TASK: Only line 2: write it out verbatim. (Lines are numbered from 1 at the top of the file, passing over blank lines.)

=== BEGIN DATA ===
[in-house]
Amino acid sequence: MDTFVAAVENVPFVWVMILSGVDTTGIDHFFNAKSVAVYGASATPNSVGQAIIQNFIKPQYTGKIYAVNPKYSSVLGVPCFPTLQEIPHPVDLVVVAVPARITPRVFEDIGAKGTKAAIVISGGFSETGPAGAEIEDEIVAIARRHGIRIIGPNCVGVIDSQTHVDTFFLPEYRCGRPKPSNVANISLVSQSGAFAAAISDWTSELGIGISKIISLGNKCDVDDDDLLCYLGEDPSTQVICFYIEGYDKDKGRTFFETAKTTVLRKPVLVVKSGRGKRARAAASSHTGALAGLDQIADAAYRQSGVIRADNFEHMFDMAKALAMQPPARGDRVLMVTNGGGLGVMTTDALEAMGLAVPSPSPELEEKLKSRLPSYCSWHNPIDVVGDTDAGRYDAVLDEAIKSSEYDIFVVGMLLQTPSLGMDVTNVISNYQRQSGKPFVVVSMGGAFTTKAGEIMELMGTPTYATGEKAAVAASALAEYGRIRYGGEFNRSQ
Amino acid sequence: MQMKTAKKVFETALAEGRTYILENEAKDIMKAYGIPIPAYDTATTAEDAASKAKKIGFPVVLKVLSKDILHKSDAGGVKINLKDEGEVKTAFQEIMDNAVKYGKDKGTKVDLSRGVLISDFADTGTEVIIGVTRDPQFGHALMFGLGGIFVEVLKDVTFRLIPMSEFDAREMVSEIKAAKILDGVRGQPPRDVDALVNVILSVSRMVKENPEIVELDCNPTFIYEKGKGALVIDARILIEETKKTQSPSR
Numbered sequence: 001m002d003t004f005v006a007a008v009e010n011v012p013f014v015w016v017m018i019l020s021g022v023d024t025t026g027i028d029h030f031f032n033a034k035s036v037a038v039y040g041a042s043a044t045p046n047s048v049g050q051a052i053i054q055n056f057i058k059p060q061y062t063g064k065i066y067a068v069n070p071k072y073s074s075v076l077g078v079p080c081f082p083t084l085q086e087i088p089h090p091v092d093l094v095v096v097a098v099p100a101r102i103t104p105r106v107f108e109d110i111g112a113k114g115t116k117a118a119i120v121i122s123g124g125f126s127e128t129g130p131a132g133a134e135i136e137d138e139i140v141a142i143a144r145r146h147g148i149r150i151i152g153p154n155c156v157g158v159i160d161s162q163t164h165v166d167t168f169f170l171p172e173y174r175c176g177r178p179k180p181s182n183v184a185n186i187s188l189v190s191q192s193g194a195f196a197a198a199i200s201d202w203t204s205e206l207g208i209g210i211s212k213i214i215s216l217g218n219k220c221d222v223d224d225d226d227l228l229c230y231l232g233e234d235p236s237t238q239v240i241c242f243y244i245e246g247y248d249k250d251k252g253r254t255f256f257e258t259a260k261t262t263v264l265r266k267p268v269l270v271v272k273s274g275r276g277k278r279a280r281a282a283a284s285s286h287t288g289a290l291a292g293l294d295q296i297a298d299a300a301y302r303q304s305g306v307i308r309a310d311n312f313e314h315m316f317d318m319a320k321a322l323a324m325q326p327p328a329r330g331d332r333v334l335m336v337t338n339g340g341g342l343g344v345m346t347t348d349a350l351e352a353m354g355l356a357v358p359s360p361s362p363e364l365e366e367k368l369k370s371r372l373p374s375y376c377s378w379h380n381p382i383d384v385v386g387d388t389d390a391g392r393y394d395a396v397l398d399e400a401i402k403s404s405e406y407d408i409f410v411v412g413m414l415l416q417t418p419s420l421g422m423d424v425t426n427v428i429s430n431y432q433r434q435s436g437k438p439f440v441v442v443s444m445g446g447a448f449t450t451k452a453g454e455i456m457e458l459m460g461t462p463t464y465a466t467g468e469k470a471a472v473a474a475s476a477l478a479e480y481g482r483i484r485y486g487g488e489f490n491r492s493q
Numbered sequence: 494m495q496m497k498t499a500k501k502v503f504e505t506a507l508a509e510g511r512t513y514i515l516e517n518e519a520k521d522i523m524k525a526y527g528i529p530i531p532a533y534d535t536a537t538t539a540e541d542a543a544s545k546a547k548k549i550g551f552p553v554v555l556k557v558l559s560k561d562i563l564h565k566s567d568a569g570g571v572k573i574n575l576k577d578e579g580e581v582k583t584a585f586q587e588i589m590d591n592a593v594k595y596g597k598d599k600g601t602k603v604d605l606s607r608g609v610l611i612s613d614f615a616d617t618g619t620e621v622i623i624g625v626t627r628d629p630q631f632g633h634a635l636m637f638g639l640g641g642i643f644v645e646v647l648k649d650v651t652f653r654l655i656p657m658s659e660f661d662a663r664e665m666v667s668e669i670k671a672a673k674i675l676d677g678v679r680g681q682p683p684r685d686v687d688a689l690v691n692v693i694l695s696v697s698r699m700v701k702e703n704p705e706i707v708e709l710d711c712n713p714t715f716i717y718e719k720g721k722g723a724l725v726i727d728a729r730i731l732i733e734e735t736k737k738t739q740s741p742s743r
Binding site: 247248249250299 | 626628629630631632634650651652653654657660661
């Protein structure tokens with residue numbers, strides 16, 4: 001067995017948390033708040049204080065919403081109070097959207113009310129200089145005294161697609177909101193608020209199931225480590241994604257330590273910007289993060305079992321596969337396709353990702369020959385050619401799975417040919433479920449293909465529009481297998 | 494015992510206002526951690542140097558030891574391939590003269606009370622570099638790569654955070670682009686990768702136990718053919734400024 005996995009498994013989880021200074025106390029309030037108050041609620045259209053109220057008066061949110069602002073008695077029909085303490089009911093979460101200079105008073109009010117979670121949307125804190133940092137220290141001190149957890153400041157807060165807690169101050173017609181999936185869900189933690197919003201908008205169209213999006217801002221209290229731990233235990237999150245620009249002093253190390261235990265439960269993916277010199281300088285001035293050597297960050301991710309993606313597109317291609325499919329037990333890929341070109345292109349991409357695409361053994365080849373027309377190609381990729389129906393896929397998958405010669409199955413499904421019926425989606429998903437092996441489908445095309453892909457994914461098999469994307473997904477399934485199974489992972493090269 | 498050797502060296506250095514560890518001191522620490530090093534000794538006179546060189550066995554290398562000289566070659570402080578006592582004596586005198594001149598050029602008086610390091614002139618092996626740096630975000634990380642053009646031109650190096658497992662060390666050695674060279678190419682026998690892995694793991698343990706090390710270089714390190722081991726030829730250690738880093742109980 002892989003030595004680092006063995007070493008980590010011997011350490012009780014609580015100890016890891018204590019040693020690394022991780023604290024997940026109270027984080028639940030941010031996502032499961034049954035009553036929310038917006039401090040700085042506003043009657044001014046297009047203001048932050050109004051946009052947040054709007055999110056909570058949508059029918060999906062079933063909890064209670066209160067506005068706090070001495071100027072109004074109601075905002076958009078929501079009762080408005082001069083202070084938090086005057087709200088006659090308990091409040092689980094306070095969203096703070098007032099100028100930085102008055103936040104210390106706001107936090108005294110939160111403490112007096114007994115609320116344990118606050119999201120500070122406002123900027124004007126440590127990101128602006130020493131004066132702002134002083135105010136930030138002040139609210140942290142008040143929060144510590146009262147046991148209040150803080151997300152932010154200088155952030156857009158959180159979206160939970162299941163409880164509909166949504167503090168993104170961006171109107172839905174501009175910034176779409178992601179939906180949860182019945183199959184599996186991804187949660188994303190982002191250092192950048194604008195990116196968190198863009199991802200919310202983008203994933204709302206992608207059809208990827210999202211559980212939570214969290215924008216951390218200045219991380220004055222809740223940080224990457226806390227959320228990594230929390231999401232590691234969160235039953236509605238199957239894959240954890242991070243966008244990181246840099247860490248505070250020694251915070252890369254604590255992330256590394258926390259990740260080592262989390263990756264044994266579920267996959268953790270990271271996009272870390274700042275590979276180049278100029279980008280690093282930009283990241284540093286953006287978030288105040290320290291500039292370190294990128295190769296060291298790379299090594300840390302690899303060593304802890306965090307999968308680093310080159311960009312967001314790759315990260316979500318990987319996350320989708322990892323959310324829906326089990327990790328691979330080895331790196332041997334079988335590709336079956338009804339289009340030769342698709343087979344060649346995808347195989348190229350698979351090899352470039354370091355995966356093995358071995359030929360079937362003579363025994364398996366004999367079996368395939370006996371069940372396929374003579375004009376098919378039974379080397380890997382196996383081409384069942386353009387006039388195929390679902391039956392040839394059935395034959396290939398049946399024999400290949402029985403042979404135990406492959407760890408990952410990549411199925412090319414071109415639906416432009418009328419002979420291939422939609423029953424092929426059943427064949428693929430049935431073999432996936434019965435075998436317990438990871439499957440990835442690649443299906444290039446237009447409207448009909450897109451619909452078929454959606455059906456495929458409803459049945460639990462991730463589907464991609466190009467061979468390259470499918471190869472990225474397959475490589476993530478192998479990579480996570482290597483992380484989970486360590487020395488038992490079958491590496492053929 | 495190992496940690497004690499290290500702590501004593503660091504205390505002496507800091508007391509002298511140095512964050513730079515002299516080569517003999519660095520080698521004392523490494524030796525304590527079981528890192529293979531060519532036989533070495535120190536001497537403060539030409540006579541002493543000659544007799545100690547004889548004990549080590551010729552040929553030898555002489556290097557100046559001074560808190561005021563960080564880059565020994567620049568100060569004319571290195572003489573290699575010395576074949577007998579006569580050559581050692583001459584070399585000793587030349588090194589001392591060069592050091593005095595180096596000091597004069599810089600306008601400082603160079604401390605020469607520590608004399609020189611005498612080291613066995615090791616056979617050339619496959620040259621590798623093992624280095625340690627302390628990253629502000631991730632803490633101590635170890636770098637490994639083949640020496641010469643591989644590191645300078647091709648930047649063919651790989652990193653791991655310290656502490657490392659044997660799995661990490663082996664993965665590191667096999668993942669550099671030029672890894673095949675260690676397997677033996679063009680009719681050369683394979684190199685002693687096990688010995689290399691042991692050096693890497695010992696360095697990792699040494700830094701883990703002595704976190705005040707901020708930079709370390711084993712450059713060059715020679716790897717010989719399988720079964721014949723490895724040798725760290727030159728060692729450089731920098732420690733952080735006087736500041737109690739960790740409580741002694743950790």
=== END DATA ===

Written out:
Amino acid sequence: MDTFVAAVENVPFVWVMILSGVDTTGIDHFFNAKSVAVYGASATPNSVGQAIIQNFIKPQYTGKIYAVNPKYSSVLGVPCFPTLQEIPHPVDLVVVAVPARITPRVFEDIGAKGTKAAIVISGGFSETGPAGAEIEDEIVAIARRHGIRIIGPNCVGVIDSQTHVDTFFLPEYRCGRPKPSNVANISLVSQSGAFAAAISDWTSELGIGISKIISLGNKCDVDDDDLLCYLGEDPSTQVICFYIEGYDKDKGRTFFETAKTTVLRKPVLVVKSGRGKRARAAASSHTGALAGLDQIADAAYRQSGVIRADNFEHMFDMAKALAMQPPARGDRVLMVTNGGGLGVMTTDALEAMGLAVPSPSPELEEKLKSRLPSYCSWHNPIDVVGDTDAGRYDAVLDEAIKSSEYDIFVVGMLLQTPSLGMDVTNVISNYQRQSGKPFVVVSMGGAFTTKAGEIMELMGTPTYATGEKAAVAASALAEYGRIRYGGEFNRSQ